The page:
Let’s talk Healthcare basics: A look into the underserved segments of India

The healthcare practices, in a developing country like India, in the towns, villages and hamlets are part of the Government Health Directory. Does it serve its purpose, is a question that needs asking!

There is a hierarchy of medical care which are categorized as First Referral Units (FRU), Community Health Centers CHCs), Primary Health Centers (PHCs) and Sub Centers (SCs).

The SCs, which come under the PHC, are the first point of contact between the people living in the area and the Government appointed medical personnel. Many a times, these basic set-ups are depicted in our regional films. It is not something which would surprise us in India, if we were to come across a healthcare set up of this nature while travelling in the countryside. It’s an attempt to provide some sort of medical care beyond the first aid box type services.

The center is manned by one nurse/midwife, a male health worker and a female health worker. In the case of additional requirements, there is a protocol to hire another midwife on a temporary basis.

Most often than not, the people in charge here would be stern-faced individuals who deal with patients in a brusque and not very gentle manner. Right there is the primary reason, for being fearful at the thought of going to such a medical facility.

Percentage of Sub-Centers functioning in the Government buildings has increased from 43.8% in 2005 to 75.3% in 2019.

The PHC is the next point of call when health care needs are more than what the sub centers are equipped to provide. This facility has 6 beds with a medical officer and 14 paramedical staff. So, while this caters to a larger number of patients, the modus operandi is again one of “do as I say”. Unfortunately, there is a notion that when dealing with folks who have minimal or no education at all, there is no need to sit them down and properly explain the procedure or medical condition.

For every 6 SCs there is a PHC. It therefore, functions as a center which looks after the needs of patients beyond the care of the SC. Percentage of PHCs functioning in Government buildings has increased significantly from 69% in 2005 to 94.5% in 2019.

For allopathic doctors at PHCs, there is a shortfall of 7.6% of the total requirement for existing infrastructure as compared to manpower in position.

Next comes the CHC, which is bigger and has a specialized medical team on board: a physician, surgeon, gynecologist and pediatrician. These centers are also equipped with lab equipment for basic tests, X-ray machine, operation theatre and labor-room.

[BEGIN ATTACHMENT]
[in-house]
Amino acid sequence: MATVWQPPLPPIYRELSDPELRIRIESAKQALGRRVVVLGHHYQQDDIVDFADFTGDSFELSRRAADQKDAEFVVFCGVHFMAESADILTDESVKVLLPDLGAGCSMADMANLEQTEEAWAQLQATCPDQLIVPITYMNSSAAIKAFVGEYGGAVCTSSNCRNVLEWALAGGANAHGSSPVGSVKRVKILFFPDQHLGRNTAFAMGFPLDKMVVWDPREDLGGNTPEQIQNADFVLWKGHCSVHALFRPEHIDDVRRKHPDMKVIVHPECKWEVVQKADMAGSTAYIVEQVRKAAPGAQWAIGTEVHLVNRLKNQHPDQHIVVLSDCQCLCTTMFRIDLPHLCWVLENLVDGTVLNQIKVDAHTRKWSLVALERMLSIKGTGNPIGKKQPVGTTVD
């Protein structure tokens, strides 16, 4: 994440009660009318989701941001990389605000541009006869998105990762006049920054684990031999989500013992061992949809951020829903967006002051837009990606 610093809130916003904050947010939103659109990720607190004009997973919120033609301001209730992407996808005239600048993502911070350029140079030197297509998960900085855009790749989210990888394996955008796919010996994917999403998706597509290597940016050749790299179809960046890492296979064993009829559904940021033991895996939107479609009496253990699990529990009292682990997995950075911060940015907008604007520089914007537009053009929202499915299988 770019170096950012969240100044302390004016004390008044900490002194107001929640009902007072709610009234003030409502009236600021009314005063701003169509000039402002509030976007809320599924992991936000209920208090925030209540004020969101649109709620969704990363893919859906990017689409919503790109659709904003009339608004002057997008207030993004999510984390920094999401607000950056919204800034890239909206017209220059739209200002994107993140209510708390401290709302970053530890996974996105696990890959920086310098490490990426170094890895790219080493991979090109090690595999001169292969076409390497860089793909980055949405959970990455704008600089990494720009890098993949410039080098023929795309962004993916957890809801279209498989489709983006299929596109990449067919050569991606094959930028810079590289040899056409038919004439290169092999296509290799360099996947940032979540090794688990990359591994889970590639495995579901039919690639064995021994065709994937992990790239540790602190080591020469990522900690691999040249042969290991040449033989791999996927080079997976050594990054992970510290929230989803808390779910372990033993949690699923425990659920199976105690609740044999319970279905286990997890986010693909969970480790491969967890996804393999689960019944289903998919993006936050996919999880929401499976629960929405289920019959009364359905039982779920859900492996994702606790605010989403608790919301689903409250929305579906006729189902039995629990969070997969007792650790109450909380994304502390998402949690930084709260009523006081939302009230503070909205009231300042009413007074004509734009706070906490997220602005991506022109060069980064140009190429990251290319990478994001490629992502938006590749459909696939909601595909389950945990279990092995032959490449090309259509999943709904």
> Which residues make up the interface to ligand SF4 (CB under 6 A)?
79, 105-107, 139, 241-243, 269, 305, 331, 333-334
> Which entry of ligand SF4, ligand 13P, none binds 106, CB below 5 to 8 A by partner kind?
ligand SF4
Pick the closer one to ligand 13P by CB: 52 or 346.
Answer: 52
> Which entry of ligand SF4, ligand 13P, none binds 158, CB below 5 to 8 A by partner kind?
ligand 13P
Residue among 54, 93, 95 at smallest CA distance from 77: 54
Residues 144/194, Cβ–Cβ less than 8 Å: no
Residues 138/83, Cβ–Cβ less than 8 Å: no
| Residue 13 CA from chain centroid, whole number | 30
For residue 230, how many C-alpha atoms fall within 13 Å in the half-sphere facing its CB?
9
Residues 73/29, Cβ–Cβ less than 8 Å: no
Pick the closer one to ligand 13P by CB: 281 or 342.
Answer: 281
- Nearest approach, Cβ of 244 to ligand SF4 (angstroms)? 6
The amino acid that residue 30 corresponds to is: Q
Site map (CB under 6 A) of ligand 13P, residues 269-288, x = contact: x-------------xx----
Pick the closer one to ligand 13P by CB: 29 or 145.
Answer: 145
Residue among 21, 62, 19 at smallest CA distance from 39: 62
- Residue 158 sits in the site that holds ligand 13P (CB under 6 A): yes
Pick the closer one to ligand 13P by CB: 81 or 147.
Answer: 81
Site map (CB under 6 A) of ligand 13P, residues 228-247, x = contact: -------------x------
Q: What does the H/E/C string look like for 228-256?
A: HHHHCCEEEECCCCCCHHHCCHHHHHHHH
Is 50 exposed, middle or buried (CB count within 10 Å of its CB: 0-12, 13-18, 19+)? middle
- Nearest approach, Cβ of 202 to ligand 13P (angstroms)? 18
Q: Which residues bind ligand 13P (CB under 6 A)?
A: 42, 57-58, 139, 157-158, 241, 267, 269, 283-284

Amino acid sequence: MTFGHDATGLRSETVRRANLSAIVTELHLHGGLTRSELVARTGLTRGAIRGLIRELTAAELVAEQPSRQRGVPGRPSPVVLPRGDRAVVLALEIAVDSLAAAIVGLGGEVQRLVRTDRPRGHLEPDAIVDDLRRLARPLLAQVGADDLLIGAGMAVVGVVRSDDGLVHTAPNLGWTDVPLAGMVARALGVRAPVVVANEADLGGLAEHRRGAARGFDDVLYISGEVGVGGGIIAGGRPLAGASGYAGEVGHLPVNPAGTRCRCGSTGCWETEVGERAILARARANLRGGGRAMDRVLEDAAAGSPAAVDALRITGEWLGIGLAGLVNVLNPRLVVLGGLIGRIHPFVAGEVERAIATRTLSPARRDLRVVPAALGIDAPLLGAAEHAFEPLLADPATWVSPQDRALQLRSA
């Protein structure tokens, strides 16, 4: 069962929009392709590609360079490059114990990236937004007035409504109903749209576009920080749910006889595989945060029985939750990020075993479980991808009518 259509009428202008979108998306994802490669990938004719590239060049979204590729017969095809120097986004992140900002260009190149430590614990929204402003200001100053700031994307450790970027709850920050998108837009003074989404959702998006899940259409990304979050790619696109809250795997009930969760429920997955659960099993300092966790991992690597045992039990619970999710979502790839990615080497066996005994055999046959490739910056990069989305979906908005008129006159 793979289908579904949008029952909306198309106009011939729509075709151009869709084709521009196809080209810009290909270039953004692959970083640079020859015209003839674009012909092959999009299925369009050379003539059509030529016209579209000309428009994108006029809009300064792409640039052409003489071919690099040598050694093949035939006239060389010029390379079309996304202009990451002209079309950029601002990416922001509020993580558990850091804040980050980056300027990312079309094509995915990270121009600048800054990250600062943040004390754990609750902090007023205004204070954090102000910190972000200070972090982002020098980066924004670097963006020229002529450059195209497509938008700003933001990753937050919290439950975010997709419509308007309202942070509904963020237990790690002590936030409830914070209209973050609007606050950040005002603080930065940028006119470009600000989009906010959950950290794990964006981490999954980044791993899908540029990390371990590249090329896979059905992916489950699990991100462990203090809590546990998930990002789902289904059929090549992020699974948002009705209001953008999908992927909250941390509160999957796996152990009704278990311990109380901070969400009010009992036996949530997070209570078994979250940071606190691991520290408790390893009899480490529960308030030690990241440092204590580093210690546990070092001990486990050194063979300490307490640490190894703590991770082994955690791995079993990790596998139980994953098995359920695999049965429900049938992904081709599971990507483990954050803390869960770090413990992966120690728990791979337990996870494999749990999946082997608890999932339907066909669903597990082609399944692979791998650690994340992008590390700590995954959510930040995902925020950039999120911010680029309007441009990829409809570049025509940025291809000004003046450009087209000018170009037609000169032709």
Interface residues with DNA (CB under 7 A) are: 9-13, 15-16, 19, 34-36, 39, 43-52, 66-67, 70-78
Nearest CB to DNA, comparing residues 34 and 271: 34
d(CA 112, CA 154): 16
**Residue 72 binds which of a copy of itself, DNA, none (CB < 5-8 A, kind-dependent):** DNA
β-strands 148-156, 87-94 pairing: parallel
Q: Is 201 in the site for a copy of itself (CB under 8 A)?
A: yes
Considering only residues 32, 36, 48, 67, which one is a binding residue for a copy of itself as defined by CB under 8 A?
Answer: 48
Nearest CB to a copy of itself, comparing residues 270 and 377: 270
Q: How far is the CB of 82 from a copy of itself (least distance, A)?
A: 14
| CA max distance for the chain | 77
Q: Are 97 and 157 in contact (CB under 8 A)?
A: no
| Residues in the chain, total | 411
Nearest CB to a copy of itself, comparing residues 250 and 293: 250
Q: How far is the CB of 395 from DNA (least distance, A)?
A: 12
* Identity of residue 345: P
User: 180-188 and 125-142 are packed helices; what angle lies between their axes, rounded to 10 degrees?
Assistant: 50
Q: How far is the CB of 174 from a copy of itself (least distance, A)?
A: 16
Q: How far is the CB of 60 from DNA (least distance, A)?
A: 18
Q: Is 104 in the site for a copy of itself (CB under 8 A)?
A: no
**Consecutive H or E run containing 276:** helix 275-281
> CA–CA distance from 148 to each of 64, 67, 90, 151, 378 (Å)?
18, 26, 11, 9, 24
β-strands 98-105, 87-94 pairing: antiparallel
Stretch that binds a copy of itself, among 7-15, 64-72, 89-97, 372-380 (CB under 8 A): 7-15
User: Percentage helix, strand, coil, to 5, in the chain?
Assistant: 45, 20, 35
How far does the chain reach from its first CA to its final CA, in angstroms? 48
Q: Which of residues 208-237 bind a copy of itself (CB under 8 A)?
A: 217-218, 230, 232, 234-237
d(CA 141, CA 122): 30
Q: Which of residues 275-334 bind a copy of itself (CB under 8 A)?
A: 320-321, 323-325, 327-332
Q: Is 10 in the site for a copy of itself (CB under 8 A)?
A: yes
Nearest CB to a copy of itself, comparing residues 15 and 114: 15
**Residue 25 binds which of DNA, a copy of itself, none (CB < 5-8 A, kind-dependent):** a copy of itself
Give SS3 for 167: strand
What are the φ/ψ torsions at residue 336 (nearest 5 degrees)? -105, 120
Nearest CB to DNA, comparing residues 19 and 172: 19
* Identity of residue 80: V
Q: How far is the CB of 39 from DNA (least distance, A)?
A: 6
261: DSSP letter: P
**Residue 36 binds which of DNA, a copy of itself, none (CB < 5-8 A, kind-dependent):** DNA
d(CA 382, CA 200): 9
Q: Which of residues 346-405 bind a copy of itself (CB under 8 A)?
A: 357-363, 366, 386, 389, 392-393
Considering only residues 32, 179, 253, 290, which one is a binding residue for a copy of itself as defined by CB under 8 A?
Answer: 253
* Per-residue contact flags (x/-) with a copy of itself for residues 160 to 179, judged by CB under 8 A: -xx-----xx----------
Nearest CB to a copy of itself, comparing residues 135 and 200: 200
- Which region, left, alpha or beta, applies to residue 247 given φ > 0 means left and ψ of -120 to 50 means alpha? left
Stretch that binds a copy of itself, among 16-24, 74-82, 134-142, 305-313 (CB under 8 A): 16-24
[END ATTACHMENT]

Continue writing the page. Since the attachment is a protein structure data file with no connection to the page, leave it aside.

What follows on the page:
The people who come from underdeveloped parts of the country, which gives them little access to important medical information, cannot be blamed for their reluctance to clinical care.

Imagine, the young mother who is nursing postpartum depression, but has no clue why she cries and bears the brunt of her agony and the angst of other family members who may be just as clueless. In such a case, can you imagine the strength needed to seek outside help? It will not even be a thought process to begin with! What about the village elder who devoted his life to making pots and is now suffering from painful spondylitis; or the youngster with multiple ailments linked to his insomnia?

They need to feel at-ease to approach a center for help, rather than the scare of answering a barrage of questions related to other insignificant trivia. This gap definitely needs bridging.

One out of every 4 PHCs have a Community Health Centre to be referred to.

The percentage of CHCs in Govt. buildings has increased from 91.6% in 2005 to 99.3% in 2019.

The top tier of the healthcare program in underserved areas are the FRUs. The Unit is certified as a First Referral Unit if it matches certain specific criteria with regard to emergency services, newborn care, blood-storage facilities and other important measures to deal with urgent needs. As on 31st March 2019, there are 3204 FRUs functioning in the country. Out of these, 95.7% of the FRUs are having Operation Theatre facilities, 96.7% of the FRUs are having functional Labor Room while 75.3% of the FRUs are having Blood Storage/ linkage facility.

In geographical locations, which are far removed from modern amenities, the families themselves do not realize the importance of ensuring that the full-term expecting mother needs to be taken closer to an FRU because there is a lack of proper guidance from the medical personnel. It is one thing to run emergency services and a whole other, to do the same with a touch of human kindness.

Donating and receiving blood again is wrought with anxiety and stigma which has its roots in superstitious beliefs and not knowing exactly what it entails. Large machines and sterile rooms without familiar faces can be extremely daunting, especially for those who scarcely leave the confines of their homes except for immediate needs.

So, in effect, what we need to understand is that, in addition to providing physical healthcare, it needs to be complemented by empathy, in order for the system to work.

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References: https://vikaspedia.in/health/health-directory/rural-health-care-system-in-india